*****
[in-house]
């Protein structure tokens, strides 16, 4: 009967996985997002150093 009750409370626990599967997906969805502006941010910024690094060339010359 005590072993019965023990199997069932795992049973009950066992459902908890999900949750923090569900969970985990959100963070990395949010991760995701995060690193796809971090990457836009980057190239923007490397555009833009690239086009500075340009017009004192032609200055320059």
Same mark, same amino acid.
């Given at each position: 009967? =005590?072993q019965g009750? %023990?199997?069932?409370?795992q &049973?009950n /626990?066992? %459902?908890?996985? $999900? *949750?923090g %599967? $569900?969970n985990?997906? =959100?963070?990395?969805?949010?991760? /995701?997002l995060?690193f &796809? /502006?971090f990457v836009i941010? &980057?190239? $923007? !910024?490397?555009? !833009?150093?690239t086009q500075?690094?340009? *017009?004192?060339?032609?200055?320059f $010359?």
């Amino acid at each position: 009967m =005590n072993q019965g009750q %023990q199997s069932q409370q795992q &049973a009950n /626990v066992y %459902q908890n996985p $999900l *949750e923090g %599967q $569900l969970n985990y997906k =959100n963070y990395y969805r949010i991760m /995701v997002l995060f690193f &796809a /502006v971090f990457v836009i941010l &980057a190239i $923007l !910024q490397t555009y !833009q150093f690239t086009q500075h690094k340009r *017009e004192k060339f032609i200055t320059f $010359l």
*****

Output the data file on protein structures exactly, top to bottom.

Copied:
[in-house]
């Protein structure tokens, strides 16, 4: 009967996985997002150093 009750409370626990599967997906969805502006941010910024690094060339010359 005590072993019965023990199997069932795992049973009950066992459902908890999900949750923090569900969970985990959100963070990395949010991760995701995060690193796809971090990457836009980057190239923007490397555009833009690239086009500075340009017009004192032609200055320059």
Same mark, same amino acid.
């Given at each position: 009967? =005590?072993q019965g009750? %023990?199997?069932?409370?795992q &049973?009950n /626990?066992? %459902?908890?996985? $999900? *949750?923090g %599967? $569900?969970n985990?997906? =959100?963070?990395?969805?949010?991760? /995701?997002l995060?690193f &796809? /502006?971090f990457v836009i941010? &980057?190239? $923007? !910024?490397?555009? !833009?150093?690239t086009q500075?690094?340009? *017009?004192?060339?032609?200055?320059f $010359?």
């Amino acid at each position: 009967m =005590n072993q019965g009750q %023990q199997s069932q409370q795992q &049973a009950n /626990v066992y %459902q908890n996985p $999900l *949750e923090g %599967q $569900l969970n985990y997906k =959100n963070y990395y969805r949010i991760m /995701v997002l995060f690193f &796809a /502006v971090f990457v836009i941010l &980057a190239i $923007l !910024q490397t555009y !833009q150093f690239t086009q500075h690094k340009r *017009e004192k060339f032609i200055t320059f $010359l």